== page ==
By Kelvin Rutledge QC and Andy Lane
The Ministry of Housing, Communities & Local Government, in collaboration with Public Health England, has published non-statutory guidance to support social landlords "on essential moves" during the emergency "to ensure public safety and protection of the vulnerable".
Every local housing authority is required by law to maintain a scheme by which it allocates social housing and to frame it in such as a way as to give reasonable preference to certain groups of applicants.
The new guidance is intended to give effect to Government policy that, as far as possible, people should delay moving to a new home while emergency measures are in place to fight the coronavirus. It accordingly advises all social landlords "to pause non-essential allocation and transfer activity". It defines those allocations that should continue as follows:
- Supporting victims of domestic abuse and people fleeing other forms of violence.
- Preventing severe overcrowding.
- Facilitating move-on from temporary accommodation.
- Facilitating discharge from hospital to free-up bed space for others requiring care.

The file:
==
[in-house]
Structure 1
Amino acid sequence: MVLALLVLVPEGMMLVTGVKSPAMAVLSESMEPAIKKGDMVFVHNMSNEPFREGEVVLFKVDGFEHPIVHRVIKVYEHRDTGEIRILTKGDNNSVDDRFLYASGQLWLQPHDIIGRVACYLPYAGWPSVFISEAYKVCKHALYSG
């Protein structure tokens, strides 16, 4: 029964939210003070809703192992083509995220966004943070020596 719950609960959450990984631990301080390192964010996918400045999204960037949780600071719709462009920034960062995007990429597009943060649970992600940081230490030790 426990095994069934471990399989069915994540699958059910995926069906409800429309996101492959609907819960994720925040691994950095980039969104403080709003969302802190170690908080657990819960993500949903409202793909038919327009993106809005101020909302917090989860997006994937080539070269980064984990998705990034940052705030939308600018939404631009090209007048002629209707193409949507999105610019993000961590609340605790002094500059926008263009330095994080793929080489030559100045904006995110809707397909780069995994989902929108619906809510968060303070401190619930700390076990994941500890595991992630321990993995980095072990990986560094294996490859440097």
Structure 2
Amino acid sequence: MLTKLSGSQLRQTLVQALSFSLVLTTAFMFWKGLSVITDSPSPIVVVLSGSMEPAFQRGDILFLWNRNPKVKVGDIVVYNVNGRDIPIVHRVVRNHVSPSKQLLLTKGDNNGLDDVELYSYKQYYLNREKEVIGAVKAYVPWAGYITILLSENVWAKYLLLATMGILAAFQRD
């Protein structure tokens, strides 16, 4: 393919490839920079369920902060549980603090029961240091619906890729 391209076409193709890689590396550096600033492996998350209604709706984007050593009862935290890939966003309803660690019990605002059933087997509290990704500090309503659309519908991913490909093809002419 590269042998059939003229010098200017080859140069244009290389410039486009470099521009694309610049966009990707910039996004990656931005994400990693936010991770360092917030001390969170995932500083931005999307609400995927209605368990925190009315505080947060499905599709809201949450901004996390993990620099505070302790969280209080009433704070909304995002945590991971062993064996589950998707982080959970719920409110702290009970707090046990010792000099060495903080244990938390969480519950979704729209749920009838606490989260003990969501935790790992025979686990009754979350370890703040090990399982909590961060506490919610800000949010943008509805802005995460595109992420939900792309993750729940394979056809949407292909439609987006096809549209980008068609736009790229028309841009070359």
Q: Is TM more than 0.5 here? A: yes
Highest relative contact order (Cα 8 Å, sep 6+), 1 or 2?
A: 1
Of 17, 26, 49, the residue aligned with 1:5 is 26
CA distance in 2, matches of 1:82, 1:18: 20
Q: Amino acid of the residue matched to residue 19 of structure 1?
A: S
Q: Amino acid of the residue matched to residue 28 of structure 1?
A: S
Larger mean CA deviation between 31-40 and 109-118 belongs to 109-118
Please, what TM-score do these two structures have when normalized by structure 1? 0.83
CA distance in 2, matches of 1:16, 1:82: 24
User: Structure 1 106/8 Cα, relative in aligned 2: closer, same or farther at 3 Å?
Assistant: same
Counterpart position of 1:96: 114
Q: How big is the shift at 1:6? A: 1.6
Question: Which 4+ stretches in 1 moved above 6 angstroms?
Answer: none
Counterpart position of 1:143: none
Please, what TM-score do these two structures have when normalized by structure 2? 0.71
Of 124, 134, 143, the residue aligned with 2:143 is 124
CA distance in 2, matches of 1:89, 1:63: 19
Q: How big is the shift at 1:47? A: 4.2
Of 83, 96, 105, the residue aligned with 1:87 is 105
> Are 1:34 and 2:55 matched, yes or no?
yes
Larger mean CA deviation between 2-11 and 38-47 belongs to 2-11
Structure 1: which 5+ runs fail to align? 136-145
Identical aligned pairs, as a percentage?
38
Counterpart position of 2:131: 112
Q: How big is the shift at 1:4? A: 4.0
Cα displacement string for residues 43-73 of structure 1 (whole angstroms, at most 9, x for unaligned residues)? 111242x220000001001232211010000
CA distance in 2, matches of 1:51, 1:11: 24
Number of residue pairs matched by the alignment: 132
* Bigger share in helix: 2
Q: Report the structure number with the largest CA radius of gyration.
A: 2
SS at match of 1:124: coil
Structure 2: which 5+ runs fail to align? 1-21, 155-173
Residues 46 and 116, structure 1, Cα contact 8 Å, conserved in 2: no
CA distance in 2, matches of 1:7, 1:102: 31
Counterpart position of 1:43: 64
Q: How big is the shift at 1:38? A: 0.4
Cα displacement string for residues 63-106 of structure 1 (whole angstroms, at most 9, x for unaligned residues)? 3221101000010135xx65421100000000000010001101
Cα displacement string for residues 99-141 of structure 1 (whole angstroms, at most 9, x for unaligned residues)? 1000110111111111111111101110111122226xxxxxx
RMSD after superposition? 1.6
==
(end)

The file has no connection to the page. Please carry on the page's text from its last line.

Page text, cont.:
- Supporting those living in unsafe accommodation, or without settled accommodation, which poses a risk to their health.
The guidance urges local authorities to consider how to carry out their allocation functions for the most essential moves in line with the Government's advice on "staying at home and away from others", and advises that choice-based lettings should give way to direct offers "where resources allow". It further exhorts all social landlords to discourage tenants from exercising their right of mutual exchange for all but the most essential moves and to publicise this on their websites and via e-mail.
The guidance reminds local authorities of provisions in the statutory guidance by which qualifying criteria, such as local connection, may be disapplied in exceptional circumstances and urges them to make exceptions to help safeguard those most at risk. It further advises that all non-essential maintenance work to properties should be paused if the effect would be to require the occupier to move into temporary accommodation.
Local authorities should therefore review their allocation schemes to ensure that they are sufficiently flexible to enable them to modify their approach to transfers and new lettings for the duration of the emergency.
Cornerstone's top-ranked Housing Team is available to advise and guide social landlords on this and other housing issues.